My Year in Gaming 2022 – Game of the Year and Others

Last year, I wrote a summary of all the games I played in 2021. It was one of the ways of coping with the stress I deal with at work. And I like games. And writing. And writing about games. And digressing.

Two does not yet make for a series, but I’d like to continue the idea, and maybe I can turn it into one. So, here is my gaming year 2022 in review. I am not yet confident that I have nailed the format, so this blog post will differ in style from the inaugural version. I will start with a bit of story mode, as I am wont to do. Afterward, I’ll present the games in the order I started (or finished?) them. We’ll see. Lastly, I’ll reveal my Game of the Year in 2022.


About That PC Master Race

Last year, I banished all gaming PCs from my household and was happy with it. For a while, at least. Not many people read my Kena Bridge of Spirits review, but I enjoyed that game on a PC, not a PlayStation. So yeah, I caved and built myself another of those giant money pits. I once again succumbed to the elitist side of video gaming based on two factors, both of which have to do with controller input. I shared my frustrations in a separate blog post (Why are Some Console Game Controls so Terrible?). It was not an easy decision to purchase a computer again, and although I feel my reasoning is sound, I still have doubts.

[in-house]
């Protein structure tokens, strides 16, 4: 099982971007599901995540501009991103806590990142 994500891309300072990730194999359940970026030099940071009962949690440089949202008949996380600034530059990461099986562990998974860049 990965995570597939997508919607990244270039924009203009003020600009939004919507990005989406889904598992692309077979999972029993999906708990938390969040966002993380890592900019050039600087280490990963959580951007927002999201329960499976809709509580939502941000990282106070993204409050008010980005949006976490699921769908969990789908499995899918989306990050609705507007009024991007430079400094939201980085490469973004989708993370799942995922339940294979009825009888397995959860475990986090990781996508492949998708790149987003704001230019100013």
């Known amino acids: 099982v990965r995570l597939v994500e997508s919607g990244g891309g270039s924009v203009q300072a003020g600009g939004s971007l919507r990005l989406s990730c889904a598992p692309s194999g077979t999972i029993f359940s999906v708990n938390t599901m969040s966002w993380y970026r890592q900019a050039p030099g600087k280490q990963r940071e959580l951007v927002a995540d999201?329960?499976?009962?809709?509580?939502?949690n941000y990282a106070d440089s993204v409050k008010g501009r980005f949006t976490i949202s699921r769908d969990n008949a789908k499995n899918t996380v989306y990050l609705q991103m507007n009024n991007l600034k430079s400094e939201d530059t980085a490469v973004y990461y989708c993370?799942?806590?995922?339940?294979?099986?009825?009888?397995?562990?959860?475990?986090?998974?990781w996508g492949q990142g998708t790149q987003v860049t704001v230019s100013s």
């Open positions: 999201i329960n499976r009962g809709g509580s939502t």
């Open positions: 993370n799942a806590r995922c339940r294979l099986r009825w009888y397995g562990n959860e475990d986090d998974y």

(What else is new?)

For one, controller input handling is so messed up sometimes that it makes a game unplayable for me. Take the latest Plague Tale Requiem as an example. It is just as bad as its predecessor, and were it not for the PC, I could not make myself play it. The second piece of the puzzle is my struggle with RSI. I noticed this while making a name for myself in Cyberpunk 2077. During every gaming session, after about an hour and a half, I had to decide whether to continue, which I very often wanted, or to put down the controller and rest my hands. It boiled down to playing long and then not playing anything for another week because of pain or playing only in short bursts but several times a week.

This is a sucky situation, especially during holidays when I have much more time.

For the curious, the PC is a Core i5 12400F with an RTX 3060. I went as affordable as possible, given the market, while still picking quality components.

I still use the Xbox, mainly for coop, because that’s where my sister and I play now. Depending on my mood, I choose a console or PC for single-player titles. Using Game Pass, I can mostly choose freely where to play in Microsoft’s ecosystem. Do I want to sit at a desk or be a potato on a couch? In an ideal world, all games on the Microsoft platform support cross-progression, and I can pick and choose as I want and continue the same game where I left off.

Lastly, I also got my hands on a PS5 shortly before the year ended. A major German retailer offered several pre-order bundles with one of two games – for the correct price, mind you. I went with the PS5 disc version and God of War Ragnarök. After only a short time with the hardware, I think I can play with the Dual Sense controller. It is a little taller than the PS4 controller, making it more comfortable. However, I still prefer the Nacon Revolution Pro 2, but Sony does not want PS4 controllers to work in PS5 games. I assume there are so many new buttons on the new Dual Sense that… Oh wait, there aren’t. Thanks for arbitrary backward compatibility, Sony. New rumble features do not count when I can disable them anyway.